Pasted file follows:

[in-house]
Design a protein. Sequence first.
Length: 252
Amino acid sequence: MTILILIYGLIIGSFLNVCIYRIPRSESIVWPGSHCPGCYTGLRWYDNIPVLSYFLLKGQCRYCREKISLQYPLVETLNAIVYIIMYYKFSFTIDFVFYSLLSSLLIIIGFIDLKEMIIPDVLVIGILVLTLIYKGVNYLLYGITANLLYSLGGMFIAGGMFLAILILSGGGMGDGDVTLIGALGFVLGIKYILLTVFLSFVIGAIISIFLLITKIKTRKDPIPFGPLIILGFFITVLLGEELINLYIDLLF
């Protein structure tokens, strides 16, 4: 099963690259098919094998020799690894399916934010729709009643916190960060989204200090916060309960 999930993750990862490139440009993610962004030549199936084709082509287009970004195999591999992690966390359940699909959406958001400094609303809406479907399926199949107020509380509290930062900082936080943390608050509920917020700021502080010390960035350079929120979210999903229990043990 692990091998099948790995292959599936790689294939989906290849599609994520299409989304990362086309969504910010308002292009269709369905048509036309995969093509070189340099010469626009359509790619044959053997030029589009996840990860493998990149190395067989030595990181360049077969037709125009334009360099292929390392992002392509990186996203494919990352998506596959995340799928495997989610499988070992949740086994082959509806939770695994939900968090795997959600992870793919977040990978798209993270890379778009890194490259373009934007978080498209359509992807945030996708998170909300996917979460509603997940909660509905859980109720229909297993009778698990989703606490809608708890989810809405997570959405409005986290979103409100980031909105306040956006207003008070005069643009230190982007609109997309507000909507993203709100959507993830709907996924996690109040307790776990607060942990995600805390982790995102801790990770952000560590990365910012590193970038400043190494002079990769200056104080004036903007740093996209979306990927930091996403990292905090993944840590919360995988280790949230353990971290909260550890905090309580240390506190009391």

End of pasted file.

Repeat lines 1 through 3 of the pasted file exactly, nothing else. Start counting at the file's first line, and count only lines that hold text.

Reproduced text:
[in-house]
Design a protein. Sequence first.
Length: 252